• Scripts can detect and block scrapers through rate limiting and bot detection.
  • Front-end actions like right-click disabling or disabling file saving can deter casual cloning.
  • ReCaptcha can make bulk scraping of content more challenging.

Issue DMCA Takedown Notices

  • If your content is cloned without permission, request removal via DMCA notice to the site host.
  • List specific infringing pages and materials in the notice.
  • Track and pursue新增 or repeated instances of cloning through repeat notices.

Protect Branding and Assets via Trademark

  • Federally register trademarks and logos associated with your site and brand.
  • Include trademark notices on the site advising that branding and assets may not be used without permission.

Obfuscate Code

  • Minify HTML, JS, and CSS files so they are challenging to decipher if cloned.
  • Disable right-click ability to view page source on sensitive areas of the site.
  • Watermark images and other media with copyright notices natively in the assets.

Maintain Regular Backups

  • Automatically generate daily or weekly archives of code, database, and files.
  • Store backups externally for redundancy and ability to restore post-cloning.

With this multi-layered approach, site owners can significantly reduce the frequency and impact of cloning through prevention.

Legal Implications of Website Cloning

Cloning a website without permission raises significant legal considerations under both copyright and trademark law. Exact implications depend on the jurisdiction, but risks include:

  • Copyright infringement – Duplicating code, copy, images, and other creative content infringes site copyrights. Infringers face suits for damages.
  • Trademark infringement – Using cloned branding and assets can infringe trademark rights. Loss of quality control over branding is also basis for action.
  • Violation of Terms of Service – Clone sites breach the terms and usage standards set by the original site legal guidelines. This triggers enforcement provisions.
  • DMCA violations – Removing copyright management notices during cloning violates DMCA takedown protections. Infringers face stiff statutory penalties.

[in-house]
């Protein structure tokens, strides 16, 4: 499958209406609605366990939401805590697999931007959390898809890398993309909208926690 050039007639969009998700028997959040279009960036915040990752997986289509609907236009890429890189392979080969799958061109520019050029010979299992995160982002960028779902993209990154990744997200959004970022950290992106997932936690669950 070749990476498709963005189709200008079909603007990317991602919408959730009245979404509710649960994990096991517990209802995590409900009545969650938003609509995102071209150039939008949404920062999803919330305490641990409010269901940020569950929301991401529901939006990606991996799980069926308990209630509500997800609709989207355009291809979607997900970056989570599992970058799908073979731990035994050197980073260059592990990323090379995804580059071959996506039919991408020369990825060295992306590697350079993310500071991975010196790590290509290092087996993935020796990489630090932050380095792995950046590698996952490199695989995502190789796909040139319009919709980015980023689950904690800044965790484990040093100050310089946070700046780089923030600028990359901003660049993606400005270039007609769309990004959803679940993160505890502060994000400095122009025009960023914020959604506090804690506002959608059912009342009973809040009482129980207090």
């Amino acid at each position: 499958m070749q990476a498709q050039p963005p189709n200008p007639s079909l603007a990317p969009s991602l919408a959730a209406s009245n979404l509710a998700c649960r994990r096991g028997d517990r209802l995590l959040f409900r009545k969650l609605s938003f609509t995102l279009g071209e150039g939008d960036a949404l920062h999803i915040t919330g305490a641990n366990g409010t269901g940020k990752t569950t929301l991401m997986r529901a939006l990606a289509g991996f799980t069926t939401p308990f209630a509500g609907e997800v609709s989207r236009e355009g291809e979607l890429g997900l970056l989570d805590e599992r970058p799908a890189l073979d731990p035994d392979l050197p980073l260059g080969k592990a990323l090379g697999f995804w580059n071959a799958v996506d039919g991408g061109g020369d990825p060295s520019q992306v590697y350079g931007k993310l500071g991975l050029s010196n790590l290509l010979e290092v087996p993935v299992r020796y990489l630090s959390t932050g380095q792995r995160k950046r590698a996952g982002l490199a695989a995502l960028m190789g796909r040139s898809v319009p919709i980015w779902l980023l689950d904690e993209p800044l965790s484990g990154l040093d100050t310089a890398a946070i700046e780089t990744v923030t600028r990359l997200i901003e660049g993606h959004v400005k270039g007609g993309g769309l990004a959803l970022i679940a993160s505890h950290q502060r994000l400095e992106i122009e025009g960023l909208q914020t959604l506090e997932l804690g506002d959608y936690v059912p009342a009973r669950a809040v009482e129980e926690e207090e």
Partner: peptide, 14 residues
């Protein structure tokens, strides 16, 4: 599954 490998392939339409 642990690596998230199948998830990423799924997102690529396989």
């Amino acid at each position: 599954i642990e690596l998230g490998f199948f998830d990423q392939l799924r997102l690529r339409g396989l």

• Loss of revenue and reputation – Site owners suffer economic harm from traffic diversion. Brand reputation also suffers from inferior clone quality.

Because of these potential violations under both civil and criminal law, cloning sites without permission entails serious legal risks for site owners.

The Future of Website Cloning

Despite the many downsides outlined, website cloning remains in high demand driven by several ongoing trends:

  • Increasing popularity – No-code site builders and clone scripts drive up copying through ease of use. More sites accept clones as “standard practice.”
  • Advanced cloning tools – Browser plug-ins and scraping tools continue to evolve in sophistication making cloning faster and more automated.
  • Customization over full duplication – Companies build on open source templates and tailor for verticals, rather than 100% duplication. Adds uniqueness.
  • Cloning for search optimization – SEO managers leverage cloning across domains to build authority by similarity, rather than full duplicate content.
  • Component reuse – Developers copy modular site components like shopping carts into new codebases rather than entire sites. Focuses duplication only on complex sections.

While cloning will persist given market demand, the emphasis appears to be shifting from full duplication to selective cloning of templates, components, and SEO patterns. This allows customization and value-add.

Final Thoughts

Cloning websites can initially seem like an easy shortcut but typically results in a hosted site riddled with technical issues. Fixing problems like broken links, display errors, performance lags, and security vulnerabilities requires systematic debugging and optimization.

Site owners should additionally take preventative measures like implementing clone blocking technologies and issuing DMCA notices to protect their content. Legal penalties for unauthorized cloning are steep under both copyright and trademark statutes.

Looking ahead, cloning appears likely to grow given the power of today’s duplication tools. But the focus is evolving beyond wholesale duplication toward customization of templates, modules, and SEO strategies. While cloning will remain prevalent, it will reward thoughtfulness and value-added differentiation rather than purely copying existing sites. When promoting a cloned site, essential marketing strategies are key to driving qualified traffic.

With the fixes and preventative measures covered in this guide, site owners can both remedy issues in cloned sites and protect the uniqueness of their properties moving forward. The result will be properly functioning sites that embrace cloning selectively rather than relying on wholesale duplication with all its associated problems. Leveraging readymade clone scripts can accelerate and simplify the cloning process.

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    Rohan Murthy

    Rohan Murthy is a freelance writer and in-house content lead at Zipprr, a custom software development company. With over 7 years of experience, he specializes in writing about business, technology and startups. As the in-house content lead, he creates blogs, whitepapers and webpage content for Zipprr. He has also worked with many other clients as a freelance writer, providing long-form and short-form content.